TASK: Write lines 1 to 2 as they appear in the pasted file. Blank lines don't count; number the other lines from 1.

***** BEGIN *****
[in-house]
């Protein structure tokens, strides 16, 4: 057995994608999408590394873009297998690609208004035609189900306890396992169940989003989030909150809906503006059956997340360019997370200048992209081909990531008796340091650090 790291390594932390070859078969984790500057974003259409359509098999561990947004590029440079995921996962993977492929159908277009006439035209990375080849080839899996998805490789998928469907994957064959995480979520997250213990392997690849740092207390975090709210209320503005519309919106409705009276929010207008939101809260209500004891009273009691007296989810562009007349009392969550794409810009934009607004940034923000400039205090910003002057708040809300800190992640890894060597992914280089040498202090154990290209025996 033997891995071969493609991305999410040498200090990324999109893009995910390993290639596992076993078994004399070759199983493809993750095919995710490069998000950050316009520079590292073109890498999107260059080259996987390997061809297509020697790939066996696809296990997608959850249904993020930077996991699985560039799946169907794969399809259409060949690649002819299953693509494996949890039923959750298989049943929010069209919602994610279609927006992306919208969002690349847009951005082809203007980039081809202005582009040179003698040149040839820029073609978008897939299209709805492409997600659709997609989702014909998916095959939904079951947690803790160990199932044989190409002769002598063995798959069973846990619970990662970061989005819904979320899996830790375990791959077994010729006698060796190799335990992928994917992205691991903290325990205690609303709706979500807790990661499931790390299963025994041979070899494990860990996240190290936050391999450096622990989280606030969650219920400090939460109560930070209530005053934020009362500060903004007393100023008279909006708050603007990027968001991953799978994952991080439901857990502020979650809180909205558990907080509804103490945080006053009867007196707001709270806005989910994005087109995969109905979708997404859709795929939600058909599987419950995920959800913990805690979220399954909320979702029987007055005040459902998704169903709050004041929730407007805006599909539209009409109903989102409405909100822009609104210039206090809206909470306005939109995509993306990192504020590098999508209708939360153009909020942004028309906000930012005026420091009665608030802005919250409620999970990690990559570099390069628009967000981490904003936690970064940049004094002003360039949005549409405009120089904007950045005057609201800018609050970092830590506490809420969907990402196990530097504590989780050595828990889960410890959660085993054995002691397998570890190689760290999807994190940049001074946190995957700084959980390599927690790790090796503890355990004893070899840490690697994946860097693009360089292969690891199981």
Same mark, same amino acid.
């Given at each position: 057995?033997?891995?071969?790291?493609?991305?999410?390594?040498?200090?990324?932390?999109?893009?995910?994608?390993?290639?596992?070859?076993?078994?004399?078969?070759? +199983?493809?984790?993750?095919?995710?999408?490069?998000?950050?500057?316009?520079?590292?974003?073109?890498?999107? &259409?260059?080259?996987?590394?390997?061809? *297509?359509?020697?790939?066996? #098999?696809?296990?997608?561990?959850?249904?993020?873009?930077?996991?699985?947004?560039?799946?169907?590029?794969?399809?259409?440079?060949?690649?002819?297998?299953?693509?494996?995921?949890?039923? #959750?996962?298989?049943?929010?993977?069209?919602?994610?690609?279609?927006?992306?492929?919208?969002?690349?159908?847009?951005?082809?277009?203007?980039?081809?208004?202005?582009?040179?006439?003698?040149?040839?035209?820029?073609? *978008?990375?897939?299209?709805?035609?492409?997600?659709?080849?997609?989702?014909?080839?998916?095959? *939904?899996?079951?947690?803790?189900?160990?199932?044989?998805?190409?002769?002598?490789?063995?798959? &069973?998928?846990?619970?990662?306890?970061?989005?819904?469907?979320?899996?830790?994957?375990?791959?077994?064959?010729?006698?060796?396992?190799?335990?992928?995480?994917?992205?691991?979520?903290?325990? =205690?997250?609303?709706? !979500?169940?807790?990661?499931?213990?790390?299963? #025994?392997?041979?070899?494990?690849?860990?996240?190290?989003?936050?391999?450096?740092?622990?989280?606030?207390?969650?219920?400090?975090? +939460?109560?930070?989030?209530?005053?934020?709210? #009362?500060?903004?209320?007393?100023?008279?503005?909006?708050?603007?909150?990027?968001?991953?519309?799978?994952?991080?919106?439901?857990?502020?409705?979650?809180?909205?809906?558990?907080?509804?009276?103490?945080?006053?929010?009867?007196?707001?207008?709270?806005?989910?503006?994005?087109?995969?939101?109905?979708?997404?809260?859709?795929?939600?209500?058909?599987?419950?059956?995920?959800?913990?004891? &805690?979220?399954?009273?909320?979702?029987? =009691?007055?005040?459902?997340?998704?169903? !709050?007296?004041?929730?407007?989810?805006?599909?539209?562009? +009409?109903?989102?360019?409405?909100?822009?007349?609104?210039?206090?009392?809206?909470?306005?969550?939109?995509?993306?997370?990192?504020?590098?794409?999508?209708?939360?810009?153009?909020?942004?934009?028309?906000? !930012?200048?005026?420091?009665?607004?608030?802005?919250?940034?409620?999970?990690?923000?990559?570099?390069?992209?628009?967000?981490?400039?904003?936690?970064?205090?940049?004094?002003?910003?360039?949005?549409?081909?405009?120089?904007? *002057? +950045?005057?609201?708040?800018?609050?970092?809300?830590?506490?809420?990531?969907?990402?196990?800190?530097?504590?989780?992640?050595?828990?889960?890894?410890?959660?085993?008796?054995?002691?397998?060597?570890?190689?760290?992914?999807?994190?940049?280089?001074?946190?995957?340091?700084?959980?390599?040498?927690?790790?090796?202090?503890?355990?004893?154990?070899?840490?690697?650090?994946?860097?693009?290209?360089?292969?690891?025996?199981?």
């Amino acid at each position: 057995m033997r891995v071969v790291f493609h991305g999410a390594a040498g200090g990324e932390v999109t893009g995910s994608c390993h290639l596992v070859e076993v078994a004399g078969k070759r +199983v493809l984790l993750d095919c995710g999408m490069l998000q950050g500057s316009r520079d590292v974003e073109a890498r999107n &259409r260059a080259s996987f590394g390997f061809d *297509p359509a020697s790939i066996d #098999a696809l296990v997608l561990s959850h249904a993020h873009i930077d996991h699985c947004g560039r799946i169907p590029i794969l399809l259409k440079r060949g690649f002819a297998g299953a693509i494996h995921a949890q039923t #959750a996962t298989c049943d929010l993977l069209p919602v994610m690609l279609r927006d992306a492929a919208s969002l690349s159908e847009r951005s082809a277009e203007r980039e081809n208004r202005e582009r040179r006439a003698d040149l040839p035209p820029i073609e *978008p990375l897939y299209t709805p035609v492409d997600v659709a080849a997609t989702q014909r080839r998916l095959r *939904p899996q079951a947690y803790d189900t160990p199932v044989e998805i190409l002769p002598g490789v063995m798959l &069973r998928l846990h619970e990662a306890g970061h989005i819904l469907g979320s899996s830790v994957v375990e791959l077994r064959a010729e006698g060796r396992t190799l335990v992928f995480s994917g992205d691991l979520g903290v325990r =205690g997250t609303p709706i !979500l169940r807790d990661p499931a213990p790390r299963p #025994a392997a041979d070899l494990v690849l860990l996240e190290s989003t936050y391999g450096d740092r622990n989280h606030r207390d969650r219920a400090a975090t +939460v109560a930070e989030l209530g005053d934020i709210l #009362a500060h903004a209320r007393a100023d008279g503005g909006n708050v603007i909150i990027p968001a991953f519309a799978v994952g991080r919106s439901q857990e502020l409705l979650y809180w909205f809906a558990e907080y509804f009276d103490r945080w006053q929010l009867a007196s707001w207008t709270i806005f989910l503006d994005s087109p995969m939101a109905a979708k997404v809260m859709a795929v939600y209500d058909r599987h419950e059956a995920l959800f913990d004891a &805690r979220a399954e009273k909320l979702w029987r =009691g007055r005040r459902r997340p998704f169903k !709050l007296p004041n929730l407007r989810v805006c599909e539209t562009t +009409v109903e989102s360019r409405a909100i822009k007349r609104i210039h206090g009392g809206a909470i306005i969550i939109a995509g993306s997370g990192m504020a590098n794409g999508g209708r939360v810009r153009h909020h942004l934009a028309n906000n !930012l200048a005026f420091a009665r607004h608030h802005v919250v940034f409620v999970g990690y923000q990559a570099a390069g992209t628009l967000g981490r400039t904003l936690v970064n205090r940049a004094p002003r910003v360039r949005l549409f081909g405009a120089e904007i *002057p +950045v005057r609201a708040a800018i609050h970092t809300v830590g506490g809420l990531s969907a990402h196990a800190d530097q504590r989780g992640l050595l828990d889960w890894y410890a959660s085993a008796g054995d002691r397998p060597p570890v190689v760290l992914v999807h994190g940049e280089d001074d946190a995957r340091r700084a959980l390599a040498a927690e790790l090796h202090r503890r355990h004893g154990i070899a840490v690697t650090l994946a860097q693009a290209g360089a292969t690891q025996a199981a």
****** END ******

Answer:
[in-house]
């Protein structure tokens, strides 16, 4: 057995994608999408590394873009297998690609208004035609189900306890396992169940989003989030909150809906503006059956997340360019997370200048992209081909990531008796340091650090 790291390594932390070859078969984790500057974003259409359509098999561990947004590029440079995921996962993977492929159908277009006439035209990375080849080839899996998805490789998928469907994957064959995480979520997250213990392997690849740092207390975090709210209320503005519309919106409705009276929010207008939101809260209500004891009273009691007296989810562009007349009392969550794409810009934009607004940034923000400039205090910003002057708040809300800190992640890894060597992914280089040498202090154990290209025996 033997891995071969493609991305999410040498200090990324999109893009995910390993290639596992076993078994004399070759199983493809993750095919995710490069998000950050316009520079590292073109890498999107260059080259996987390997061809297509020697790939066996696809296990997608959850249904993020930077996991699985560039799946169907794969399809259409060949690649002819299953693509494996949890039923959750298989049943929010069209919602994610279609927006992306919208969002690349847009951005082809203007980039081809202005582009040179003698040149040839820029073609978008897939299209709805492409997600659709997609989702014909998916095959939904079951947690803790160990199932044989190409002769002598063995798959069973846990619970990662970061989005819904979320899996830790375990791959077994010729006698060796190799335990992928994917992205691991903290325990205690609303709706979500807790990661499931790390299963025994041979070899494990860990996240190290936050391999450096622990989280606030969650219920400090939460109560930070209530005053934020009362500060903004007393100023008279909006708050603007990027968001991953799978994952991080439901857990502020979650809180909205558990907080509804103490945080006053009867007196707001709270806005989910994005087109995969109905979708997404859709795929939600058909599987419950995920959800913990805690979220399954909320979702029987007055005040459902998704169903709050004041929730407007805006599909539209009409109903989102409405909100822009609104210039206090809206909470306005939109995509993306990192504020590098999508209708939360153009909020942004028309906000930012005026420091009665608030802005919250409620999970990690990559570099390069628009967000981490904003936690970064940049004094002003360039949005549409405009120089904007950045005057609201800018609050970092830590506490809420969907990402196990530097504590989780050595828990889960410890959660085993054995002691397998570890190689760290999807994190940049001074946190995957700084959980390599927690790790090796503890355990004893070899840490690697994946860097693009360089292969690891199981």